• Who are the right internal people to Lead? Given it’s nonnegotiable to get our internal house in order before any outreach to the world beyond your doors, we must ask: Who inside the organization ought to supervise the goal-setting discussions? To rally internal teams? To navigate the relevant partnerships? To create and curate the storytelling? Who is our spokesperson? Have we heard from dissenters or concerns and understood their reasoning?
  • What voices must be at the decision-making table? Should someone be the “final voice” in the decision, or will our goals be set by some kind of consensus?
  • What resources are we willing to put behind our proposed commitment(s) over both the short- and long terms?
  • To what extent have we examined what our competitors and others inside and outside our space are saying/doing, and do we know why? What success have they achieved? Have past efforts failed, and can we identify why? Anyone we can work with on getting to a shared goal?
  • How is the goal also commensurate with what our company does/provides best, in our space? Would our commitment to this goal or response make sense to a sixth-grader without a lot of explaining?
  • Have we prepared for an internal town hall meeting to discuss the issue / proposed goal? In what other ways are we sharing our goals/responses with constituents inside and out?
  • What vulnerabilities might our response or goal expose the company to?
  • How deeply do we understand the issue? This isn’t just a kneejerk reaction to something we only superficially grasp, is it?
  • Are we connected with subject-area experts on this issue to help us navigate our response or formulate a longer-term goal? What about outside agencies, experts, benchmarkers, academics, regulators, etc. who might be able to provide guidance?
  • What are our strategies and tactics now for sharing our efforts with the public? What’s our underlying intention in such publicity? Is it possible/probable/likely that our resources, participation, and storytelling can help fuel a movement?
  • To what extent are we willing and prepared to work With our external community and partners on this issue? We’re not just prescribing to them, are we? Where do we want our impact to land, and are we hearing that goal from the We — or are we telling them?
  • Are we clear that our business doesn’t “own” this movement, but it’s fully collaborative among all stakeholders? Brands either get invited or earn permission to participate in movements. Especially among organic, grassroots movements, which are suspicious of corporations and their motives. We should follow the lead of Ben & Jerry’s — by the way, activists and advocates who happen to sell ice cream — and set our agenda, design our participation by what field experts, partners, and leaders in the trenches share with us that they need.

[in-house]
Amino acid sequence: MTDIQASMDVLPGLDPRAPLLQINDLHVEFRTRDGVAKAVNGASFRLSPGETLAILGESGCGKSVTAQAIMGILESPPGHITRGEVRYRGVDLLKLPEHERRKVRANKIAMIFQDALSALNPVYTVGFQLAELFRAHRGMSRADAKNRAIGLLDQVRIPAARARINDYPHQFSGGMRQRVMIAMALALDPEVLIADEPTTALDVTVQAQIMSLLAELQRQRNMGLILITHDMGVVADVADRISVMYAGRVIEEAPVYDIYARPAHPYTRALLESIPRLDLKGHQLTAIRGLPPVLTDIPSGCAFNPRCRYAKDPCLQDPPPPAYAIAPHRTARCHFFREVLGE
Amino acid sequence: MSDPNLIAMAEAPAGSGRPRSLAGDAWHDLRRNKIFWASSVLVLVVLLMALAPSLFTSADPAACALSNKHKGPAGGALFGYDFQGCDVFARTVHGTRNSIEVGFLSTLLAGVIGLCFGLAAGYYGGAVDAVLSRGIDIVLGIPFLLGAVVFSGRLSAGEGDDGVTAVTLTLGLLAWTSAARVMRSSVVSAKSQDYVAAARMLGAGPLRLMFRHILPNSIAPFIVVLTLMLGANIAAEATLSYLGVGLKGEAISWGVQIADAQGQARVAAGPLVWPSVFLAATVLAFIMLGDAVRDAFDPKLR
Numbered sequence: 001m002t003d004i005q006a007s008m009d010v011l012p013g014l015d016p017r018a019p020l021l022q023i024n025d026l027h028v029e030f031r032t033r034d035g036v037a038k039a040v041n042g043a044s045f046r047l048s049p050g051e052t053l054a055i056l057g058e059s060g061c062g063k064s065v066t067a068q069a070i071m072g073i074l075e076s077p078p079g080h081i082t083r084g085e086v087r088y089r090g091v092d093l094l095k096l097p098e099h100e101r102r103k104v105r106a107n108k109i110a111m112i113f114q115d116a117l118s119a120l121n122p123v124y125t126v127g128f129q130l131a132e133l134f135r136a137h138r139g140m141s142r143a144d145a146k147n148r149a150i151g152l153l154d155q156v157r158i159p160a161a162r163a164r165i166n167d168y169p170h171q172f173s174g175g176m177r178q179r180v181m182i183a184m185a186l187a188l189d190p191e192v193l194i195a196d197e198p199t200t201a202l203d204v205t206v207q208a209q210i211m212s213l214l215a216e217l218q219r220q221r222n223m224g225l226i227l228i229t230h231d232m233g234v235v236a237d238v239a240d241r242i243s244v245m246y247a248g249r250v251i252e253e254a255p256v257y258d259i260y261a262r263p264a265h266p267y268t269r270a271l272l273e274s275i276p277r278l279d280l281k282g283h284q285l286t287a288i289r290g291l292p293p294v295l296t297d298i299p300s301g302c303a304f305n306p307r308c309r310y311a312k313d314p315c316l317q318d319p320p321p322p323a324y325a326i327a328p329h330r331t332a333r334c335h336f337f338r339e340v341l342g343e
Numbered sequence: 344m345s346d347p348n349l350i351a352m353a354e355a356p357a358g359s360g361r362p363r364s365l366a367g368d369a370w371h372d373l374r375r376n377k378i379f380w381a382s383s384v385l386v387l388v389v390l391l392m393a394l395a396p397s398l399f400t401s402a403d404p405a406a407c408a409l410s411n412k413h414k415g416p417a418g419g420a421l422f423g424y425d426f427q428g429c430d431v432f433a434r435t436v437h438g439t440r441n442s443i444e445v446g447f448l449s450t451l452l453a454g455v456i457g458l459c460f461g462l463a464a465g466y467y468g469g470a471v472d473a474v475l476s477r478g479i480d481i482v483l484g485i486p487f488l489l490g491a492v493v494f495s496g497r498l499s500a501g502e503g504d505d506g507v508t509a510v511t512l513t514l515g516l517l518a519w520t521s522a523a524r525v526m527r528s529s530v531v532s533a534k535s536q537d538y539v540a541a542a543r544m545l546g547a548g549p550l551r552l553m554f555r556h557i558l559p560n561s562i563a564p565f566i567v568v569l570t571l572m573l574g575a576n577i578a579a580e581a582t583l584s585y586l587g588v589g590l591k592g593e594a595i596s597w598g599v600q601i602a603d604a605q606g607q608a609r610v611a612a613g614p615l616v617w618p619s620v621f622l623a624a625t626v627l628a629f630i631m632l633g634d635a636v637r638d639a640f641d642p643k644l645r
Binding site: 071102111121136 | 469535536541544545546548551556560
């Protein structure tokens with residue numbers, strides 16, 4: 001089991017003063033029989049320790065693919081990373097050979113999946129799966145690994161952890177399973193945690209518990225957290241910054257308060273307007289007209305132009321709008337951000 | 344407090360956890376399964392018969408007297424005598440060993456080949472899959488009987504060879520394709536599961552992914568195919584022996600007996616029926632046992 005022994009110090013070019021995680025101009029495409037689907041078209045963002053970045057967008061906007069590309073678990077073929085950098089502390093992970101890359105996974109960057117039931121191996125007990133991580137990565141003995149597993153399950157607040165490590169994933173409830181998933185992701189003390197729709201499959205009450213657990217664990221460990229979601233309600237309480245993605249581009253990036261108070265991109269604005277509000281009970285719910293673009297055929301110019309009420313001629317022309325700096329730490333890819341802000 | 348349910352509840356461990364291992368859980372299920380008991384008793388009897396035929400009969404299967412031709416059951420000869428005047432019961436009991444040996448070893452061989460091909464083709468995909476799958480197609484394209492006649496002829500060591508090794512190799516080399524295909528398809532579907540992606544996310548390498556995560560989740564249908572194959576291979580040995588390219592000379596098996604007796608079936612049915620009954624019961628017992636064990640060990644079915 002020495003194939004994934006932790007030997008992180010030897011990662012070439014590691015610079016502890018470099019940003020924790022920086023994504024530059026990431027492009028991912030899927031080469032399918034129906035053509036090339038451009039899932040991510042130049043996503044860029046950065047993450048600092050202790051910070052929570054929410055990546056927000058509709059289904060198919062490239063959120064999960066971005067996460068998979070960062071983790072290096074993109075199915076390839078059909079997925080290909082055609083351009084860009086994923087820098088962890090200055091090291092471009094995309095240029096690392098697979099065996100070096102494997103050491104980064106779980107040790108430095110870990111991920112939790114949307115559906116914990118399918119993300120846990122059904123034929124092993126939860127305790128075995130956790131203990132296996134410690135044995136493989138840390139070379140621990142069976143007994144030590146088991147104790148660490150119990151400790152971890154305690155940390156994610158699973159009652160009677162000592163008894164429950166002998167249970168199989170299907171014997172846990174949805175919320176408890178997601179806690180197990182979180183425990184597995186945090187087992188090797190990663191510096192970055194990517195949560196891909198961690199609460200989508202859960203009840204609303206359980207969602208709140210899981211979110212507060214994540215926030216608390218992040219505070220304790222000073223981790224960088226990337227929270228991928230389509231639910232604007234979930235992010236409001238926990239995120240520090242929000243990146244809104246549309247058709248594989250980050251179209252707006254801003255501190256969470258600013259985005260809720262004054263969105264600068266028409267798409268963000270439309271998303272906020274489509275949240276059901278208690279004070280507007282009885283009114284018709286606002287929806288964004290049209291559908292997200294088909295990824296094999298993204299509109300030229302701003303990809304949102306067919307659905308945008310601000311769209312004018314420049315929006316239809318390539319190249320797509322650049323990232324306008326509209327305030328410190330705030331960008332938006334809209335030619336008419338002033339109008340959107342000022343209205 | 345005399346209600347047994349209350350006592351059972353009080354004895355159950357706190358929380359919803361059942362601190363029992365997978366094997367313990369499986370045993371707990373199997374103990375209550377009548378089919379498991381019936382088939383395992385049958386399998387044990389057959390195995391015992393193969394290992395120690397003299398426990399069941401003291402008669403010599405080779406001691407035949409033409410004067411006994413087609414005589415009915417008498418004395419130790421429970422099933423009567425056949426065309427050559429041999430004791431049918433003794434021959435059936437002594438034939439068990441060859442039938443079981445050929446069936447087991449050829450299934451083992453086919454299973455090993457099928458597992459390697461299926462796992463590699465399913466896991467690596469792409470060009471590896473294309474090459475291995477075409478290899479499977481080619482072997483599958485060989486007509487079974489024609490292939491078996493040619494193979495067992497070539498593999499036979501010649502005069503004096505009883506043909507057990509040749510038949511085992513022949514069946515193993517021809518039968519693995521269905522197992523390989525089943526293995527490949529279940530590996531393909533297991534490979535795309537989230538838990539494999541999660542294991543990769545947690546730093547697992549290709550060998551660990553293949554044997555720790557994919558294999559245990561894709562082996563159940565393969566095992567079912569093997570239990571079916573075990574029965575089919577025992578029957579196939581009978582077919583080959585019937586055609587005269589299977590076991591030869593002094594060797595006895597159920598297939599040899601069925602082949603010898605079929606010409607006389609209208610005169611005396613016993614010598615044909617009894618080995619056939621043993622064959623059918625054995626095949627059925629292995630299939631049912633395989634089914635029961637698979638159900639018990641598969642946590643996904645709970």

• How — in what specific and meaningful ways — are we going to measure our headway/regression/impact?

During times of special and unexpected crisis or emergency (increasingly becoming the norm, even if we take COVID-19 out of the picture), we might further ask, first:

  • How do we put our purpose to work in relevant and meaningful ways during this crisis?
  • How can our purpose support our employees given the circumstance?
  • How can our purpose build resilience into our company culture?
  • How can our purpose deepen customer loyalty and build our reputation, grow our brand community?
  • Will the world look back and see that we showed up as an authentic and impactful leader when it was needed most?

--

--

--

Founder/CEO brand consultancy, We First, bestselling author of We First and Lead With We, host of podcast, Lead With We.

Recommended from Medium

6 tactics that helped us increase our Instagram following by 13,500%

What is a Micro-Influencer and How Are They Helpful?

Have You Ever Thought About having Starting A Public Domain Business

Is Your Marketing Copy Lacking in Storytelling? Reading this will help you!

Storytelling for Better Marketing

How Does Groove CRM Compare To Shopify & ActiveCampaign? Get Free Access Today!

Mistakes Newbie Copywriters Make That Keep Them From Earning Over $2000 In a Month Or Less And How…

Now Is The Best Time To Load Your Social Media Platforms With Contents

The Journey of Shelf Scout

Get the Medium app

A button that says 'Download on the App Store', and if clicked it will lead you to the iOS App store
A button that says 'Get it on, Google Play', and if clicked it will lead you to the Google Play store
Simon Mainwaring

Simon Mainwaring

Founder/CEO brand consultancy, We First, bestselling author of We First and Lead With We, host of podcast, Lead With We.

More from Medium

COMMUNICATING FOR ACTION: How Social Organizations can Trigger the Public to Act

5 1/2 Questions for Tim Kelley

Meat alternatives — A shift in consciousness or a shift in marketing.

Behind the B Corp Way consultant’s work: what it takes to transform your business’ impact and…